Items of interest to beekeepers 13 July 2017

Supplied by Fran Bach Editor of both WAS and Washington State Beekeepers newsletters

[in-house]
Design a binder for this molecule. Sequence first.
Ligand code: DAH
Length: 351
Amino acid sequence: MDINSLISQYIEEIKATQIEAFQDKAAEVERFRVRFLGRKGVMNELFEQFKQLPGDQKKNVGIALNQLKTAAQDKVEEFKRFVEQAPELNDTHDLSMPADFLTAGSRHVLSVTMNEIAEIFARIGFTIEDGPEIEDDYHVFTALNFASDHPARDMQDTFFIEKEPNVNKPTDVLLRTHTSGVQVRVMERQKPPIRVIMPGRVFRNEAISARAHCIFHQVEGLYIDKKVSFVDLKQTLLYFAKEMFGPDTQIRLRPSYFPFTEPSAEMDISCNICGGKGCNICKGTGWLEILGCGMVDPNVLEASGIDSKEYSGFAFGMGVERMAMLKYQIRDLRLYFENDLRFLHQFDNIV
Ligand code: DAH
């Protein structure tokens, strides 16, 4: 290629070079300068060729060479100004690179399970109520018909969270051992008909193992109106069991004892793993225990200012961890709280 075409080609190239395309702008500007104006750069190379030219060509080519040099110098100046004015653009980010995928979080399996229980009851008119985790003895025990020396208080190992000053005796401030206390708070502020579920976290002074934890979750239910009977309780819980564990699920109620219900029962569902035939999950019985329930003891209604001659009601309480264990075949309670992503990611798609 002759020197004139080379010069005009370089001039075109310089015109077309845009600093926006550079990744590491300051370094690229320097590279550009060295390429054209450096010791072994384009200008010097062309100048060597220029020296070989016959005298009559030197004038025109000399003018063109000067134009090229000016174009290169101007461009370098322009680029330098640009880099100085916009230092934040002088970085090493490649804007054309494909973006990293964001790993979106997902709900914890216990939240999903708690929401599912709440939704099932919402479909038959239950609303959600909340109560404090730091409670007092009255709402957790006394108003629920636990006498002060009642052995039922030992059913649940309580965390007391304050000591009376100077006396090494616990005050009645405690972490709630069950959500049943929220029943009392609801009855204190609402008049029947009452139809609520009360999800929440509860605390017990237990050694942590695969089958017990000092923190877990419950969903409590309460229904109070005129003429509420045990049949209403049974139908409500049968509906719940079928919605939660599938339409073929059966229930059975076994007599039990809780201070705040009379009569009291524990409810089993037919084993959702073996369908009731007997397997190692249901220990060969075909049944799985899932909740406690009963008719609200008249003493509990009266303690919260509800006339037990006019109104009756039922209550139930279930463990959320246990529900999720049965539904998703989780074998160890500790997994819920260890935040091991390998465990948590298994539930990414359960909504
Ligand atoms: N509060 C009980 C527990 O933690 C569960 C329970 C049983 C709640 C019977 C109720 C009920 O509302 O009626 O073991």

Two items from the Mount Baker Beekeepers newsletter in Bellingham, Washington – 1. HONEYBEE CENTRE FESTIVAL JULY 15 & 16 – (Just) north of the border, the good folks at the Honeybee Centre in Surrey are throwing a party! From 10 – 4, rain or shine, enjoy bee beards, vendors and artisans, Boucy Castle, balloon animals, kids’ games, “Beestro BBQ”, beekeeping demos, face painting, urban safari and more. It all happens at the Centre, 7480 – 176th St, Surrey (from the US, take Highway 15 north across the border (Pacific Highway Crossing), where it becomes 176th St. Straight ahead to Fraser Highway. The Centre is on the northeast corner.) More info —– 2. NEW COMPETITION FOR EPIPEN U.S. regulators have approved new competition for EpiPen, the emergency allergy medicine that made Mylan a poster child for pharmaceutical company greed. The Food and Drug Administration has approved Adamis Pharmaceuticals Corp.’s product, which should go on sale later this year. Symjepi is a syringe prefilled with the hormone epinephrine, which helps stop life-threatening allergic reactions from insect stings and bites, foods such as nuts and eggs, or certain medications. San Diego-based Adamis says its product is easier to use than Mylan’s EpiPen, a spring-loaded syringe filled with a set dose that comes with a training device. Symjepi also is smaller than EpiPen, so it’s easier to fit into a pocket or purse. Most children and adults with severe food or insect allergies carry a device wherever they go and leave a spare at home, school or work. Adamis said it is still lining up a distributor so it hasn’t set the exact price for its product, which will be sold in pairs like EpiPen. Adamis spokesman Mark Flather said Symjepi is intended to be a “low-cost alternative” to EpiPen and similar products, and the company is aiming to sell it for less than generic EpiPens. In a note to investors, Evercore ISI analyst Umer Raffat wrote that Symjepi is not identical to EpiPen and so the price Adamis sets “will obviously be an important consideration.” Currently, EpiPens cost about $630 to $700 without insurance while the new generic version retails for about $225 to $425. Mylan, which has U.S. headquarters near Pittsburgh, launched generic EpiPens last December in an effort to deflect mounting criticism. Last summer, the company came under fire for repeatedly raising the price of EpiPens and CEO Heather Bresch was grilled by a Congressional panel. Mylan hiked the price of a pair of EpiPens from $94 in 2007, when the company acquired the product, to $608 last year. The devices need to be replaced each year, adding to the financial sting. EpiPen Rival Adrenaclick Costs $100. Analysts and others have estimated that it costs less than $20 to produce a pair of EpiPens. While EpiPen has other rival products, doctors tend to prescribe EpiPen because it’s so well known. Just three years ago, EpiPens accounted for nearly 90 percent of both revenue and prescriptions filled in the U.S. for epinephrine injectors and syringes, according to QuintilesIMS, a pharmaceutical analytics company. In the first quarter of this year, brand-name EpiPens only drew about 60 percent of epinephrine device prescriptions, while generic EpiPens – mostly Mylan’s – had captured 38 percent of prescriptions. Dr. Dennis J. Carlo, CEO of Adamis, said in a statement that his company is preparing to apply for FDA approval of a “junior version” of Symjepi. That would contain a lower epinephrine dose than Symjepi, and would compete with Mylan’s EpiPen Jr. —– “THE LAND OF BREAD AND HONEY” Bee Girl Sarah Red-Laird is looking forward to presenting “The Story of Honey” at the Grain Gathering on July 28th at the WSU Bread Lab at the Port of Skagit, WA. The annual three day conference brings together professional and home bakers, maltsters, brewers, distillers, millers, farmers, wheat breeders, chefs, food writers, community and food activists, and entrepreneurs from around the world. Attendees choose among 40 workshops, panel discussions and demonstrations that explore a range of topics which may include matching wheat varieties to end products, working with fresh milled flours, milling techniques, brewing and baking with non-commodity barleys, baking in a wood fired oven, starting a whole grain bakery on a budget, growing a regional grain network, the science of bread, poetry and art in our work places, sharing knowledge, the challenges of scale, and paths towards a more just food system. “I’m excited to pioneer a sweet twist in this year’s Grain Gathering and give a talk on bees, honey, beekeeping, and my buckwheat study tie-in with the Bread Lab”, says our Bee Girl. For more information and registration, click —– HOUSES FOR BEES Sarah has another great project underway. “Bee Girl” is happy to be Ten Reality Group’s charity of the month!  This means the Bee Girl organization will receive 10% of the real estate sales Ten makes this month (pre taxes, and before the realtor gets paid)! So, if you are thinking about buying, or selling, real estate in Southern Oregon in July, consider Ten!! Here is a bit more about their program: “After ten years as a local realtor, our founder, Adam Bogle started looking around for a way to make a bigger difference in the community where we live. He decided the best way was to start his own company based on the concept of tithing. TEN is actually giving ten percent of each month’s revenue to a different local charity every month.” Adam’s wife, Sophia, also wrote a great story on her bee hive tour with Bee Girl org Board President Ellen Wright. Read the Sneak Preview at —– GOOD FOOD AWARDS CALL FOR ENTRIES JULY 5-31 – The Good Food Awards invites food producers from across the country to submit their beer, charcuterie, cheese, chocolate, cider, coffee, confections, honey, oils, pickles, preserves, preserved fish, spirits, pantry items and – new this year  — elixirs! (Elixirs, you ask?  We’re talking shrubs, syrups, and bitters!) A blind tasting with a judge panel composed of over 250 food crafters, chefs and food writers will determine which products become the 2018 Good Food Award Winners. The catch: everything must be produced with a commitment to environmental and social responsibility, supporting local economies and the planet. A short online entry form will be available at from July 5-31. The entry fee is $70, which covers the cost of processing, sorting, storing and transporting over 2,000 anticipated entries. Want a free entry? Become part of our network of tasty, authentic and responsible businesses, by joining the Good Food Merchants Guild. The Guild unites mission-driven craft food businesses, and provides a number of benefits, including an invitation to participate in the Good Food Mercantile in San Francisco and New York. To learn more, visit All winners will be honored at a gala awards ceremony with food movement pioneers like Alice Waters, Carlo Petrini and Winonah LaDuke, sell their wares at the 5,000-person Good Food Awards Marketplace, and proudly display the Good Food Awards Seal all year long. Last year’s 193 winners also received some wonderful and well deserved media attention, with coverage in 200 national outlets, including Newsweek, The Boston Globe, Eater, The New York Times, and the San Francisco Chronicle. Winning businesses also reported significant sales increases, which in the case of one chocolatier soared 400%. —– NEW INFORMATION ABOUT NEONICOTINOIDS AND BEES Neonicotinoid insecticides and bees have been much in the news recently, with controversy due to laboratory based studies which suggest that they are harmful, and field studies which are much less clear cut. Two new papers published today in the Journal of Apicultural Research add to our knowledge of the effects that these chemicals may have on social behaviour and learning in honey bees. In the first paper, Nadège Forfert and Robin Moritz of Martin Luther University, Halle-Wittenberg, Germany, explore the effect of the neonicotinoid thiacloprid on social interactions among honey bee workers. They quantified interactions in experimental groups of workers to assess the effects of thiacloprid on social network structure, and the amount of food exchanged among worker individuals. They found that bees fed with thiacloprid significantly reduced their social interactions, suggesting that foraging bees which encounter high doses of insecticide in the field may be less likely to recruit others to these nectar sources, but they also exchanged more food to other group members, which resulted in a dilution of the contaminated food. The authors conclude that although thiacloprid may act to interfere with social network structure, it could also play a role in the dynamics of disease transmission in the colony if pathogens are transmitted via food exchange. In the second paper, Anna Papach and colleagues from the University of Poitier, France look at the effect of exposure of honey bee larvae to the neonicotinoid thiamethoxam and the honey bee brood disease American foulbrood on mortality and cognition. They exposed or co-exposed honey bee larvae to American foulbrood and to sub-lethal doses of thiamethoxam. They found no additive effect between the two stressors on larval mortality, but the results do provide the first evidence of impaired learning and memory in adult bees that had been fed thiamethoxam during the larval stage. They found no alterations in learning and memory in bees after infection with American foulbrood at the larval stage. IBRA Science Director Norman Carreck says: “These two new papers are significant because they fill in some gaps in our knowledge of the effects of neonicotinoid insecticides on social behaviour and learning in honey bees. As with previous studies, however, the question remains as to whether bees actually experience these effects in the field”. Norman Carreck, Science Director, International Bee Research Association, Laboratory of Apiculture and Social Insects, School of Life Sciences, University of Sussex, Falmer, Brighton, East Sussex, BN1 9QG, United Kingdom. Tel: +44 (0) 1273 872587 Mobile: +44 (0) 7918670169 Email: Company limited by guarantee. Registered in England and Wales. Reg. No. 463819 Registered Office: 91 Brinsea Road, Congresbury, Bristol, BS49 5JJ, UK. Registered Charity No: 209222 Web-site: Email: FaceBook: Twitter: —– From Dr. Christina Grozinger at POLLINATOR-L – YELLOW-BANDED BUMBLE BEE (BOMBUS TERRICOLA) SPECIES STATUS ASSESSMENT The U.S. Fish and Wildlife Service (Service) is responsible for identifying species in need of protection under the Endangered Species Act of 1973, as amended (Act).  In 2015, we were petitioned to list the yellow-banded bumble bee (Bombus terricola) under the Act by the Defenders of Wildlife. In 2016, we made an initial petition finding for the species indicating that listing may be warranted, and initiated a status review. In accordance with the Service’s National Listing Work plan, we will make a listing determination for the yellow-banded bumble bee in Fiscal Year (FY) 2018.  In support of developing the status review, we will conduct a Species Status Assessment (SSA).  The SSA will use the best available scientific information to evaluate the species’ needs, as well as its past and current resiliency, redundancy, and representation, and future conditions. We request your assistance in completing the SSA for the yellow-banded bumble bee, as a thorough SSA analysis cannot be completed without input and expertise from the States and other partners. We request your assistance in gathering baseline data on the species distribution, biology, life history, habitat and threats. Specifically, we are seeking the following data: ● Updated yellow-banded bumble bee occurrence data and habitat information.  We already have access to information provided to Leif Richardson for the Bumble Bees of North America database as of May 2017. If your information is already incorporated into this database, you do not need to provide that information again.  If your data is not included in the Bumble Bees of North American, please provide us with the latitude/longitude of the occurrence, land ownership type, date and number of individuals observed, and ongoing or planned management of the site.  ● Data or reports for surveys that targeted bumble bees (e.g., historical location, suitable habitat), but during which no yellow-banded bumble bee was found (e.g., negative survey efforts). ● Species Experts – list individuals with expertise in critical biology aspects and habitat needs of this species. ● State/Provincial species status and brief rational for that status. ● Other relevant information.  ● Updated literature, reference materials, unpublished reports that describe the species habitat, behavior, or life history.  Attached is a list of the literature we already have, there is no need to provide this information. ● Shape files with metadata and projection information that addresses some of the above bullets instead of filling out portions of the Excel spreadsheet. We will accept new information throughout this process, but it would be most helpful if the information is provided by August 18, 2017.  All data and information submitted to us, including names and addresses, will become part of the administrative record. Upon completion of a draft SSA, we will seek peer review and comment on the analysis. Additional information about the yellow-banded bumble bee can be found by visiting the following website: Additional information on the Service’s SSA framework, National Work Plan, as well as the petition and listing processes can be found here: Species Status Assessment: National Listing Work plan is available at this link: Petition/Listing Processes: http:// . We thank you in advance for your time and assistance in developing a robust SSA for the yellow-banded bumble bee.  If you have any questions, please contact Sandra Lary at 207-781-8364 ext. 19 or via email at   —– More good reads – not necessarily bee-related – DON’T TRUST ME? LET’S DANCE Synchronized movement such as dancing or marching act as a kind of social glue, bringing people together and enhancing trust and cooperation. But scientifically measuring synchrony and trust is hard to do. Now, researchers report a new way to measure and manipulate behavioral synchrony. Their results in the June 6 issue of Biological Psychology shed new light on the mechanisms behind the magic of synchronized movement. “Sharing the dance floor with our friends can provoke a sense of unity, because we like people who look and behave similarly to us,” says Dimitris Xygalatas, assistant professor of anthropology at UConn. “They can become a powerful driver of our social behavior.” We might not think that such occasional activities would influence important decisions such as financial transactions. But they shape attitudes, which are then reinforced by the brain’s reward system, according to a research team made up of Xygalatas and former UConn graduate student Martin Lang (now at Harvard University) and their international colleagues. Quantifying exactly how much behavioral synchronization drives attitudes and behavior would help researchers understand the phenomenon better, and possibly understand the biological and psychological underpinnings of trust more broadly. Xygalatas, Lang, and colleagues at Masaryk University in the Czech Republic, the Slovak Academy of Sciences, the National University of Singapore, and the University of Otago in New Zealand devised an experiment to test how synchrony affects social attitudes and behaviors. The experiment allowed them to control precisely how synchronized two people were. The same experiment measured both their attitudes – how much someone liked the other person – and their actual behavior toward them. The researchers recruited 124 students from Masaryk University and had them learn a synchronized movement routine, guided by a rhythmic beat. The group was then divided into three subgroups. Two subgroups performed the routine while watching a partner perform it simultaneously via video feed. Unbeknownst to the participants, the ‘partner’ was actually prerecorded, and there were two versions; in one version, the partner performed the routine flawlessly, while in the other version he made several mistakes and had worse timing in general. The third subgroup performed the routine without watching the video. Afterward, all three groups played a trust game in which they could choose how much money to entrust to the partner, whom they were told was in another room. During the experiment, the researchers measured the participant’s pain tolerance both before and after they performed the synchronized routine. This method is used to assess the release of endorphins in the brain, because endorphins interact with opiate receptors to reduce pain sensitivity, similarly to drugs such as morphine. They also had participants rank how much they liked their video partner after performing the routine. But to make sure that these attitudes translated into real behavior, they also recorded how much money they entrusted to their partner in an economic transaction. The results were straightforward: the participants who performed with the well-synchronized partner had higher pain tolerance, liked their partner more, and trusted them with more money than the participants who performed with the badly synchronized partner and the control group who did not watch the partner at all. But when the researchers looked at more subtle relationships between these effects, they found that attitudes and behaviors are controlled through different mechanisms. That is, participants’ subjective sense of synchrony was a better predictor of their attitude (how much they liked their partners), but their actual trusting behavior was better predicted by their brain chemistry (endorphin release). This suggests that while our conscious assessment of other people surely influences how much we like them, when it comes to actually cooperating with others, our decisions are often influenced by more visceral factors, which may operate below our conscious awareness. Future research may be able to tease apart the relationships even more. But for now, it’s obvious that synchronizing behavior is a powerful way to influence people’s actions. “If our short, decontextualized manipulation of synchrony can have a significant effect on participants’ financial decisions, think about what it can do when it is enacted regularly and in a more meaningful context, such as when dancing in church, marching in a military parade, or chanting and clapping together with 10,000 Huskies fans,” Xygalatas says. “By triggering our evolved cognitive and neuro-chemical mechanisms, these rituals become social glue and play a fundamental role in building cooperative communities.” —– CATCH THE BUZZ 1. Roy Lewis practised large-animal veterinary medicine for more than 30 years and now works part time as a technical services veterinarian for Merck Animal Health – Donning his beekeeper suit, Charles Touchstone, of Arapaho, Oklahoma, stepped a few feet inside a buzzing 90-acre field of Silver River Sweet clover planted for seed production near Taloga, Oklahoma. Some of the lacy white flowered shoots busy with bees stretched above his 6-foot frame. Silver River Sweet clover is a new Texas A&M variety available through Turner Seed Co. in Breckenridge, and Justin Seed Co. in Justin. The variety was developed through cooperative efforts by researchers at Texas A&M AgriLife Research and Extension centers in Overton, Beeville and Uvalde with the help of Texas A&M AgriLife Extension Service specialists in College Station. 2. Bees Are Starting To Evolve To Survive Destructive Varroa Mite, Researcher Says – Bees in the United States and Europe are starting to evolve through natural selection to survive a mite that has been decimating their populations. Professor Stephen Martin, chair of animal ecology at Salford University in the United Kingdom, said in some instances bees were living with varroa mites and an associated virus, without any other treatment. “We are trying to understand what is happening,” he said. Although the process of evolution is slow, it has given the industry hope and sparked an interest in better beekeeping methods, with people entering the industry to try and save the bees. 3. Neonics, Pollen, Fungicides, Dead Bees, All At Field Realistic Levels. It’s A Mess – Worker and queen honey bees exposed to field realistic levels of neonicotinoids die sooner, reducing the health of the entire colony and a common fungicide can interact with the insecticides to make them more dangerous, a new Canadian study finds. Biologists at Toronto’s York University biologists were also surprised to find that the neonicotinoid contaminated pollen collected by the honey bees came not from crops grown from neonicotinoid treated seeds, but plants growing in areas adjacent to those crops. 4. Kentucky Allows New Pesticide To Save Crops. Will It Hurt Or Help? Predicting the imminent arrival of an insect species that could devastate Kentucky’s sweet sorghum crops, the state Department of Agriculture has declared an emergency and is letting the commonwealth’s farmers apply a new pesticide to protect their plants. But the pesticide in question — Sivanto Prime — has come under fire from environmental groups who say it hasn’t been properly vetted and could pose a risk to bees and other animals. When a company wants to market a new kind of pesticide, it has to be registered with the Environmental Protection Agency. The EPA doesn’t just register the pesticide itself, but issues an individual registration for different crops and insects the pesticide is authorized to treat. But when an issue crops up where a state would like to allow a usage that hasn’t been approved, it has to seek an emergency exemption. 5. The Key To A More Accurate Camera In Phones, Drones And Robots May Lie In The Brain Of The Honey Bee – Researchers from RMIT University, Monash University, the University of Melbourne and Deakin University have discovered a new mechanism in the bug’s brain for processing color information that could be used for digital cameras. “For a digital system like a camera or a robot the color of objects often changes,” Adrian Dyer, Ph.D., an associate professor from the School of Media and Communication at RMIT, said in a statement. “Currently this problem is dealt with by assuming the world is, on average, grey. “This means it’s difficult to identify the true color of ripe fruit or mineral rich sands, limiting outdoor color imaging solutions by drones, for example,” he added. Bees have three extra eyes on the top of their head, known as ocelli that look directly at the sky. They contain two color receptors that are perfectly tuned for sensing the color of ambient light whereas the other two appendages are the main compound eyes that sense the color of flowers residing in the surrounding environment.  “Physics suggests the ocelli sensing of the color of light could allow a brain to discount the naturally colored illumination which would otherwise confuse color perception,” lead author Jair Garcia, Ph.D., a research officer from RMIT, said in a statement. “But for this to be true the information from the ocelli would have to be integrated with colors seen by the compound eyes.”